Presentation on theme: "Year 6 SATs Information Monday 12th May – Friday 16th May 2014."— Presentation transcript:
Year 6 SATs Information Monday 12th May – Friday 16th May 2014
Contents Introduction to Tests and Levels SATs Timetable About the Tests Tips on how you can help your child prepare Useful websites Handy hints How else you can help
Year 6 End of Key Stage 2 Tests -SATs, or Standard Assessment Tests, are the former, but still held to, name for National Curriculum Tests. -These are statutory end of key stage tests in the core subjects of the National Curriculum: English and mathematics. -On all test papers children are shown how many marks each question is worth: one, two or three. This should help them know how much effort to put into answering each one. -Papers are sent away for independent marking and returned to the school.
National Curriculum Levels are awarded as follows: B = below the level of the test (Level 3) N = No test level awarded A = Child was absent for one or more test papers Level 2 = well below the expected level Level 3 = below the expected level Level 4 = the expected level for eleven year olds Level 5 = above the expected level Level 6 = well above the expected level
Timetable Monday 12 th May Tuesday 13 th May Wednesday 14 th May Thursday 15 th May Levels 3-5 English reading test Level 6 English reading test Levels 3-5 English grammar, punctuation and spelling test Level 6 English grammar, punctuation and spelling test Levels 3-5 mental mathematics test Levels 3-5 mathematics Paper 1 Levels 3-5 mathematics Paper 2 Level 6 mathematics Paper 1 Level 6 mathematics Paper 2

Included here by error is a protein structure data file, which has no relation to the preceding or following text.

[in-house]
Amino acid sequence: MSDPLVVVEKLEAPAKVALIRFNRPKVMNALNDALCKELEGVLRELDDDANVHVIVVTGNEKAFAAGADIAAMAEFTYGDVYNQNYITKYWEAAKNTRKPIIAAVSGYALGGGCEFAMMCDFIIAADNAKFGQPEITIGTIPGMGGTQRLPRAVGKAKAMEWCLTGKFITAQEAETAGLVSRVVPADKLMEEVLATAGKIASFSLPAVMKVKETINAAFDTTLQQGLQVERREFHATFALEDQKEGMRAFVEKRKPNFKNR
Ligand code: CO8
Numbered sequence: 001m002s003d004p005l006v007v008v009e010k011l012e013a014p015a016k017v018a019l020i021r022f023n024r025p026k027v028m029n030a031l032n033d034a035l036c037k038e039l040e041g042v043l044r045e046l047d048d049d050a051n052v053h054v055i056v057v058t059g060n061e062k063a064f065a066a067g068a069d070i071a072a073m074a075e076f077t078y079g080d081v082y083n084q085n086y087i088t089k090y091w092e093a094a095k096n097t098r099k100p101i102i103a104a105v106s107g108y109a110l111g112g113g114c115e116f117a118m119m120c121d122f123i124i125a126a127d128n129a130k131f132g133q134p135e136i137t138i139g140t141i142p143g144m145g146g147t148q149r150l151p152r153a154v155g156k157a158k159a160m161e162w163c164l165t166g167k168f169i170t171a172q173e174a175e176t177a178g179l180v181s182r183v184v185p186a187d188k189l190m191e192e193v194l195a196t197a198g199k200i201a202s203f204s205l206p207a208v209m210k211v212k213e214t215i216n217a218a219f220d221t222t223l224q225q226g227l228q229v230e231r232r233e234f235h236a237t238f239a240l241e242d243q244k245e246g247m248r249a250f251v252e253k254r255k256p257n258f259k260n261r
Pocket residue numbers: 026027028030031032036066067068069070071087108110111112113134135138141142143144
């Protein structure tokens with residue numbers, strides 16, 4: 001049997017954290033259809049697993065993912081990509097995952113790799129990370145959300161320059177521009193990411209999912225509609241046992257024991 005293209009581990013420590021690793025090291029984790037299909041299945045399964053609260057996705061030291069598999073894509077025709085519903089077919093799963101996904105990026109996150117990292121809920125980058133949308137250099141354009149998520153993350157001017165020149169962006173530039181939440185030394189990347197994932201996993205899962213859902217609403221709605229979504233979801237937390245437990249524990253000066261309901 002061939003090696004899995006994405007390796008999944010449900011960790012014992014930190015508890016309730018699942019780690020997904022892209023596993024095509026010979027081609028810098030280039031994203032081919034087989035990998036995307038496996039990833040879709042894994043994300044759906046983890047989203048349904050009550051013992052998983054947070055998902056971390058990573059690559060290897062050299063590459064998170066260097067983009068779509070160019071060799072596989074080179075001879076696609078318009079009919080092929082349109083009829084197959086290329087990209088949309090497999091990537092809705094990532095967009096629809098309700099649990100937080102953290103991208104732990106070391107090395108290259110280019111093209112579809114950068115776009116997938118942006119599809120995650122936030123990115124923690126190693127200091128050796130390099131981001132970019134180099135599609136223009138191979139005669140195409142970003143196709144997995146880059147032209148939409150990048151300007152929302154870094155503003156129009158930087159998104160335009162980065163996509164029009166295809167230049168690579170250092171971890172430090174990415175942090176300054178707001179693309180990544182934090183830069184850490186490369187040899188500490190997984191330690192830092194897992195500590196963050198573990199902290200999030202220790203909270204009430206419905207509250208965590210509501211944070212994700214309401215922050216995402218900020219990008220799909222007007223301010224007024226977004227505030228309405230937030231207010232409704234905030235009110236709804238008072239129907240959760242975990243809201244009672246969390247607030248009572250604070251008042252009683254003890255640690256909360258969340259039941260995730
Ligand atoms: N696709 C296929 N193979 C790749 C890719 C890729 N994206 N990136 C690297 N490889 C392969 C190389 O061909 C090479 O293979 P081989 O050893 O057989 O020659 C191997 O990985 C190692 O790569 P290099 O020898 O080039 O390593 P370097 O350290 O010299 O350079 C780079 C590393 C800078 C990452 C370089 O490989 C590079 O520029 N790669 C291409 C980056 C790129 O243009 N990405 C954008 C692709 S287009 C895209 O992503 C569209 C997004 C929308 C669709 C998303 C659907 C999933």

Spelling, Punctuation and Grammar Test (SPAG) Levels 3-5 The English grammar, punctuation and spelling test at levels 3-5 has two components, worth a total of 70 marks: a booklet of short-answer questions a spelling task Paper 1: S hort-answer questions, consists of between 40 and 50 questions assessing grammar, punctuation and vocabulary. Each question is worth one or two marks with a total for the paper of 50 marks. The questions are: selected response items (such as multiple choice questions) or short, open response items, in which children may have to write a word, a few words or a sentence. A sample of the test can be accessed here.here Paper 2 : The spelling task, consists of 20 sentences, which are read aloud by the test administrator. Each sentence has a word missing which the child must complete. The task is worth a total of 20 marks. A sample of the spelling test can be accessed here.here
Reading This year the texts in the levels 3-5 English reading booklet will not be linked by a theme. The booklet will contain three or four texts. The least demanding text will come first with the following texts increasing in level of difficulty. Instead of being given 15 minutes reading time and 45 minutes to answer the questions, children will have a total of one hour to read the texts and complete the questions at their own pace. The reading answer booklet will comprise approximately 35 to 40 questions (totalling 50 marks). The questions are: shorter, closed response items (such as multiple choice and matching questions); shorter, open response items; and longer, open response items that require children to explain and comment on the texts in order to demonstrate a full understanding. Questions are worth 1, 2 or 3 marks. A sample reading booklet can be accessed here; a sample reading answer booklet can be accessed here. These are provided for illustrative purposes, as an indication of what future key stage 2 English reading tests that are not ‘themed’ will look like. They are not intended to be used as a practice test.here